We live in an age where babies can navigate around iPads before they can speak, and where toddlers are content to watch Peppa Pig in Russian over a dodgy internet stream.
Whether we like it or not, children are born immersed in a digital world which has huge potential to be harmful and disruptive.
From grooming and pornography to radicalisation and cyber-bullying, the internet is a hotbed of potential risks.
And while we’d ideally spend our evenings quietly observing our offspring as they build castles in the sky or shoot zombies in the head, we can’t police them all the time.
Fortunately, keeping children safe online doesn’t require eternal vigilance. In fact, it’s relatively easy to ensure youngsters aren’t exposed to the darker side of the web…
Easy steps towards childproof home broadband
Keeping children safe online varies by age, but any child should be spared unwitting exposure to indecent images, or conversations with anonymous online strangers.
It’s vital to ensure children aren’t registering social media profiles on sites with minimum age limits.
An easy way to prevent this is to share one email account among the whole family.
These are some other recommended steps…
Activate parental filters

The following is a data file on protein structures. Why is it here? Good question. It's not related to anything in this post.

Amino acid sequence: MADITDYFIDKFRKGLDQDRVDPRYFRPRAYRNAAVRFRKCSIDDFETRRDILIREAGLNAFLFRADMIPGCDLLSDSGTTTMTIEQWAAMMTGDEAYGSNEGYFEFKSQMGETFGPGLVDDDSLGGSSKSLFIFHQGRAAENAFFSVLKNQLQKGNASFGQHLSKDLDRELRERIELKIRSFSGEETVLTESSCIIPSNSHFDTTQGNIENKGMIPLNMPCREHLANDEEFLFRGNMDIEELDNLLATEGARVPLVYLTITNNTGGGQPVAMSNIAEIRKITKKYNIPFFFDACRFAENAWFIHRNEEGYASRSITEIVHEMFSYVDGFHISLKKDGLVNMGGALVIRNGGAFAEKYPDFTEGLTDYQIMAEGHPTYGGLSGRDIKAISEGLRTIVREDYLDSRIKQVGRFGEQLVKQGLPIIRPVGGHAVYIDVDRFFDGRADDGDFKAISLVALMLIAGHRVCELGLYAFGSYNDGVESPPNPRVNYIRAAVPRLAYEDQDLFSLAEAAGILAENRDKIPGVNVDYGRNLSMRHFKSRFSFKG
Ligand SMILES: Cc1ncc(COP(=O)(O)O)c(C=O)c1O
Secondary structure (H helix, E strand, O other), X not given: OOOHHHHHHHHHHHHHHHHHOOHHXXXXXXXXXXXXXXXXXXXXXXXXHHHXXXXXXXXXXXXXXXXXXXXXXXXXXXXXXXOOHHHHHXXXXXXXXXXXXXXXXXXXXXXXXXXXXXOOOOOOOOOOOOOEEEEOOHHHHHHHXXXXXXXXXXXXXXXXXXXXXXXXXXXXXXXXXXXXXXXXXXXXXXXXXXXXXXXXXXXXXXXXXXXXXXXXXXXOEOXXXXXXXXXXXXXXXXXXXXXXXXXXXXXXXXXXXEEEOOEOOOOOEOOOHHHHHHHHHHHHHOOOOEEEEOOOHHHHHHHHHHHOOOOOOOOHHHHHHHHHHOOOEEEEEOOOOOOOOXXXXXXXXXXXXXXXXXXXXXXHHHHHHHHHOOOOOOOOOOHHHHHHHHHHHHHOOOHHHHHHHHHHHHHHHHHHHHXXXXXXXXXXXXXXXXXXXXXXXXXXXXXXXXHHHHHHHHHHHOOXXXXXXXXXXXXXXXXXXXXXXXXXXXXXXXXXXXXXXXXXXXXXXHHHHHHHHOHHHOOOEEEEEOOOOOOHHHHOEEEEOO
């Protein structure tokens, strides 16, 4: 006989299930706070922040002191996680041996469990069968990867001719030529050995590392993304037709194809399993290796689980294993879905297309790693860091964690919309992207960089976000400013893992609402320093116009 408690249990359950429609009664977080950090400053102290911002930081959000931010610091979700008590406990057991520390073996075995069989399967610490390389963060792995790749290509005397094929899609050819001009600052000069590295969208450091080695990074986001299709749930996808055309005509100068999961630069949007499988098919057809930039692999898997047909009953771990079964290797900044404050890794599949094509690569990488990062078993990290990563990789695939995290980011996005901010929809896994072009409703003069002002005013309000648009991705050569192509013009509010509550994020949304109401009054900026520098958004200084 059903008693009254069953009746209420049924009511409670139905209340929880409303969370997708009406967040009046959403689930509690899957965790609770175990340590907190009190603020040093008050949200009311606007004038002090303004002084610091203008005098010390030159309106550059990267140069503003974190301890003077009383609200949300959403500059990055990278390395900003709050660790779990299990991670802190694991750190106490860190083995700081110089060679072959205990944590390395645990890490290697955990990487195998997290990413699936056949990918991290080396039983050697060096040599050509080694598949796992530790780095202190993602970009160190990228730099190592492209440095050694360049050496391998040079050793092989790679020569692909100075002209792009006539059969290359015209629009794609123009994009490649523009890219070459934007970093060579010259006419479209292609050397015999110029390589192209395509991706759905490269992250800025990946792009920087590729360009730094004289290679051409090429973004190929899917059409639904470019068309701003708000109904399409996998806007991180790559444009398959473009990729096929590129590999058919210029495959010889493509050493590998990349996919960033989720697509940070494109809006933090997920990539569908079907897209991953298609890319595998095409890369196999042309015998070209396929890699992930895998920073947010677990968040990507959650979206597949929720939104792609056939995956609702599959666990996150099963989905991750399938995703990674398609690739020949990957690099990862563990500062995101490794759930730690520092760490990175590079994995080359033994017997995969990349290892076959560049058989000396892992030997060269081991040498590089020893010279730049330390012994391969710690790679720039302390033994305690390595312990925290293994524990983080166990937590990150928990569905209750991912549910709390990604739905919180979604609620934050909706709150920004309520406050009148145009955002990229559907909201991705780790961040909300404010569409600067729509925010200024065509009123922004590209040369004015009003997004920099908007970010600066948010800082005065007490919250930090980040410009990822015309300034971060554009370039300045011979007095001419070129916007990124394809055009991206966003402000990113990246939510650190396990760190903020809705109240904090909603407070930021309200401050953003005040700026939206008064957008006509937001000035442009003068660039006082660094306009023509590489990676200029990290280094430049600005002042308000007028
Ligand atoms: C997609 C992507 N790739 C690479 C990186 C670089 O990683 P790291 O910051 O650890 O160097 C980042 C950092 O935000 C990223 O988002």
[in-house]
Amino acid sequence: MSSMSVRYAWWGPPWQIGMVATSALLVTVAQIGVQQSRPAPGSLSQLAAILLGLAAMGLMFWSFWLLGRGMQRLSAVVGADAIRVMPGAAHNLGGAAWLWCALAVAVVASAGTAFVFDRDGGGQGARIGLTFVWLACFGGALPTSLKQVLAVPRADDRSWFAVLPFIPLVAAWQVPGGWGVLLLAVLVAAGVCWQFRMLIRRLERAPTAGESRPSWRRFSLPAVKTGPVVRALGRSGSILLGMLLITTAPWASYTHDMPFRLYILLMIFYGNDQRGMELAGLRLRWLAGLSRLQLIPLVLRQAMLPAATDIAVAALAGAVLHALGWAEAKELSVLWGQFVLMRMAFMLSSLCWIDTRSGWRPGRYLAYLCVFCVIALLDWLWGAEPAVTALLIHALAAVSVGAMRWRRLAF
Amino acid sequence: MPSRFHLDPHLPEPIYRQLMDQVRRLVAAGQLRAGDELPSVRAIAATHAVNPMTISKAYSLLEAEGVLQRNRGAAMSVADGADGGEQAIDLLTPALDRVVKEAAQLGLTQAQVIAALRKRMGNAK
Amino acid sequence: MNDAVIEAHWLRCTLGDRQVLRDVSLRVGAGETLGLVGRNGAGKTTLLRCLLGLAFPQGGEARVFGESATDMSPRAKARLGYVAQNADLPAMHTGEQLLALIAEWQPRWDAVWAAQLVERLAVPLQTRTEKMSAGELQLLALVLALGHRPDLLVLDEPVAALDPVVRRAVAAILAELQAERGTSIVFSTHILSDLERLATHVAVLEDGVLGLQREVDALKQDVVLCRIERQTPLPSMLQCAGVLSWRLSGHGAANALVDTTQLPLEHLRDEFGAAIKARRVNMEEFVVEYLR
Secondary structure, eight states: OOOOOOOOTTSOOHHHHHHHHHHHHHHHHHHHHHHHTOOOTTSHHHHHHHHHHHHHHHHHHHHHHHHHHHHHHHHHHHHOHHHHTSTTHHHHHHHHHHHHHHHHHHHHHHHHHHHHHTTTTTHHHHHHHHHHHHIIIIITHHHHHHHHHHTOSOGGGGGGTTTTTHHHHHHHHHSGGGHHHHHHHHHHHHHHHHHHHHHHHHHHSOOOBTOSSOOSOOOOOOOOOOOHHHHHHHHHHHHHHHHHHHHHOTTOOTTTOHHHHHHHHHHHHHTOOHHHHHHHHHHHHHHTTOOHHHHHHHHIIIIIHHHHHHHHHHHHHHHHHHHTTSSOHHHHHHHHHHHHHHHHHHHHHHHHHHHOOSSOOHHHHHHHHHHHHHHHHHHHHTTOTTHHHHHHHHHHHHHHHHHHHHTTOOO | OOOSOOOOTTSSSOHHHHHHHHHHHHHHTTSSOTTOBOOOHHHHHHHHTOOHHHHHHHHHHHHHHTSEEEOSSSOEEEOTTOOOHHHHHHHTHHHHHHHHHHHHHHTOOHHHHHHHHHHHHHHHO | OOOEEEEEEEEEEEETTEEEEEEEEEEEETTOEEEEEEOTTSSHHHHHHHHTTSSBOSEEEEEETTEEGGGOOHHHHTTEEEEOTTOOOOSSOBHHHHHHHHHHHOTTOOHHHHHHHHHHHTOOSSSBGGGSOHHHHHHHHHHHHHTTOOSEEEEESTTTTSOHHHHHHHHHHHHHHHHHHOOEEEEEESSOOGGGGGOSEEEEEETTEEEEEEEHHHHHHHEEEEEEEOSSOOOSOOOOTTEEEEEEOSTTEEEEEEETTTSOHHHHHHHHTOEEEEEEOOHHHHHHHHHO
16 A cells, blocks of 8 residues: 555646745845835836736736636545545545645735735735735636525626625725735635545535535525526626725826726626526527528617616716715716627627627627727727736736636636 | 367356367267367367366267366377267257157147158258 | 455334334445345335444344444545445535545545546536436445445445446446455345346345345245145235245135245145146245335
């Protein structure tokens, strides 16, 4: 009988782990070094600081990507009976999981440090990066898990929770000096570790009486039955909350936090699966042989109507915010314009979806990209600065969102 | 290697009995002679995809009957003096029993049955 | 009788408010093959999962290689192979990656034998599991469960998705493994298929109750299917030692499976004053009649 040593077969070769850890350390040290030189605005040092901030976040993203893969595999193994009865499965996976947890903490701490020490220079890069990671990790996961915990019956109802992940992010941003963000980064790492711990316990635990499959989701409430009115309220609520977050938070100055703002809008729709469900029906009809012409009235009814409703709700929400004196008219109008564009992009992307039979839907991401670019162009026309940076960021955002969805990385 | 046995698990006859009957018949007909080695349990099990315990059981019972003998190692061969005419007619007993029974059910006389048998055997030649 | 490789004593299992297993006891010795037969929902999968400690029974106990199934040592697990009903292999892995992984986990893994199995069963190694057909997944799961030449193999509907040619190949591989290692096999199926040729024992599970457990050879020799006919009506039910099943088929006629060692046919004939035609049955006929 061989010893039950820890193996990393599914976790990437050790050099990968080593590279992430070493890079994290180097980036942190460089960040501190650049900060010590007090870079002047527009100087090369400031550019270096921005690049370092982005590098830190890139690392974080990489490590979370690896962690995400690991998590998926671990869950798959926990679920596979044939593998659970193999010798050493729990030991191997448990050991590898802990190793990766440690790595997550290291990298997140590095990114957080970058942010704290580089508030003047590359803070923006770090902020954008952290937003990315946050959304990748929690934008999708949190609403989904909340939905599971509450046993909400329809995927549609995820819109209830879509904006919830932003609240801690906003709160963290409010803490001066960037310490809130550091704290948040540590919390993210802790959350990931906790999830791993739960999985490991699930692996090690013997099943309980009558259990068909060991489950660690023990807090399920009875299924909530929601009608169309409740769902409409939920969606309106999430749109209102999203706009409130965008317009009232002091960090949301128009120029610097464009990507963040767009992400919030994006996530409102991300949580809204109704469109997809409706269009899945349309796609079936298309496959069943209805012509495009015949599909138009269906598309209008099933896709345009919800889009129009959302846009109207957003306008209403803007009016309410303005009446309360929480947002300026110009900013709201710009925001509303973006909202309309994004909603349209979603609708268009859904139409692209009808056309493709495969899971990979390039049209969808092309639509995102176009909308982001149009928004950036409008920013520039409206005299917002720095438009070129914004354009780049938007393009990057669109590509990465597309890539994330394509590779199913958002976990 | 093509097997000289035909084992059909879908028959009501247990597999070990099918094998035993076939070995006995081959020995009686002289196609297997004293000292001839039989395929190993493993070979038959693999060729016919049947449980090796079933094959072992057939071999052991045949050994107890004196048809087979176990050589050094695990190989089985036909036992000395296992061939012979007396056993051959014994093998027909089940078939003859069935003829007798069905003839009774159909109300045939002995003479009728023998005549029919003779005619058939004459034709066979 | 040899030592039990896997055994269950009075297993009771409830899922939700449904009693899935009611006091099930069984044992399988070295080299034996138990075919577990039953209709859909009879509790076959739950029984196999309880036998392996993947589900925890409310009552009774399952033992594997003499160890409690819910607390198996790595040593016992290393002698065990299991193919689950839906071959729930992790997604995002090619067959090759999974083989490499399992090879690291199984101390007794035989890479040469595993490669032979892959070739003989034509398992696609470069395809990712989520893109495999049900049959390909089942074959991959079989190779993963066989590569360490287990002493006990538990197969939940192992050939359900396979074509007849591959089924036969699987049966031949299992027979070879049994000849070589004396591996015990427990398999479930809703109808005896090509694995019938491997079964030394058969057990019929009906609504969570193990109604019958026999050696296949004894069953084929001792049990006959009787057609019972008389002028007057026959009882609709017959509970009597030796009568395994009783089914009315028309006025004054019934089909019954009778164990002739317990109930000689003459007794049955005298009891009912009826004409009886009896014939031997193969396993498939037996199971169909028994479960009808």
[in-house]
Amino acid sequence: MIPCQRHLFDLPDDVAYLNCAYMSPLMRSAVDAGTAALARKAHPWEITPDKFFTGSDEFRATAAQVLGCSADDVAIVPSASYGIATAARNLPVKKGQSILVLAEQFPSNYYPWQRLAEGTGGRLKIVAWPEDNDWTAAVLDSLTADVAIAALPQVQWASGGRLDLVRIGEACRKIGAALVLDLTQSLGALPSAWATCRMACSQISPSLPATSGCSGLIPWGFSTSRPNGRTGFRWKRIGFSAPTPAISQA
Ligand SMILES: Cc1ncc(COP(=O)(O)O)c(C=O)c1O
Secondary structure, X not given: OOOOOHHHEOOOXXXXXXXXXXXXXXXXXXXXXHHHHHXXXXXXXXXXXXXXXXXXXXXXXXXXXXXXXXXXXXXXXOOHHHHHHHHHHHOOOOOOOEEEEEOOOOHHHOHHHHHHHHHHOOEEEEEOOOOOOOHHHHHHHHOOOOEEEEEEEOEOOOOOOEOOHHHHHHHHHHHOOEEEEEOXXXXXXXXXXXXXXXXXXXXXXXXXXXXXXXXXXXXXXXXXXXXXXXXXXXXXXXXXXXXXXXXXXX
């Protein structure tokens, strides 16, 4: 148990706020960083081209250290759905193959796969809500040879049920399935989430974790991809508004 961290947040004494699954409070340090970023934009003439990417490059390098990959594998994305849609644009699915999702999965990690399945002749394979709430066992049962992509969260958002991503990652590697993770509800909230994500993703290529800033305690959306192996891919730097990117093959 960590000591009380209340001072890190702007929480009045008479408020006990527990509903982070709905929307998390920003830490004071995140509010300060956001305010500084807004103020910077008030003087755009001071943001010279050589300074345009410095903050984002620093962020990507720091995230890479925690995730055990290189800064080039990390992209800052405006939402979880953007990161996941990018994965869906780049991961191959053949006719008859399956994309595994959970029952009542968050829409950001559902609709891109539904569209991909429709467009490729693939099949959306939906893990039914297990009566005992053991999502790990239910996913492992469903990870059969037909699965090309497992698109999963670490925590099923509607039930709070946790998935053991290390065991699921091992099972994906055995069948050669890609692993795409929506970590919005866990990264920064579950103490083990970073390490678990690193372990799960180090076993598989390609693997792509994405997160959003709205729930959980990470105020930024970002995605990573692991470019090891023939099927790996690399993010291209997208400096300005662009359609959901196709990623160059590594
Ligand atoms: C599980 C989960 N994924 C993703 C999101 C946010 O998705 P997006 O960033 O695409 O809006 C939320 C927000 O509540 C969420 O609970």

Parental filters on broadband routers attempt to identify sites with age-inappropriate content, preventing them from displaying on any device.
The algorithms aren’t always 100 per cent accurate, but keeping children safe online will be easier if an ISP is doing most of the hard work for you.
Filter search results
Another easy win involves visiting your search engine of choice and ensuring results are filtered, by turning on SafeSearch from the Settings menus of both Google and Bing.
Alternatively, bookmark a child-friendly search engine like Swiggle.org.uk. Making a site like CBeebies your homepage also steers kids towards distracting, age-appropriate resources.
Don’t permit unsupervised internet access, even from smartphones or mobile devices. Ensure every web-enabled machine has a password, and turn off automated bank card form-filling.
It’s advisable to keep the main family computer or tablet in public areas like a dining kitchen. From here, it’s easier to supervise (and tackle) intrusive adverts or in-game pop-up messages.
It isn’t healthy for young minds to spend too long online, so set time limits for internet activity – and enforce them. There are plenty of things to do in the real world.
ISPs increasingly offer the ability to disconnect specific devices at night or after a certain period of time. Playing games offline should also be encouraged, wherever possible.
Finally, don’t overlook the importance of talking to your kids about the dangers of handing out personal information, or why it might not be possible to delete social media posts.
Discussing ways to block unwanted conversations or report anonymous messages could help them to identify unwelcome activities, and also give them confidence to tell you if it happens.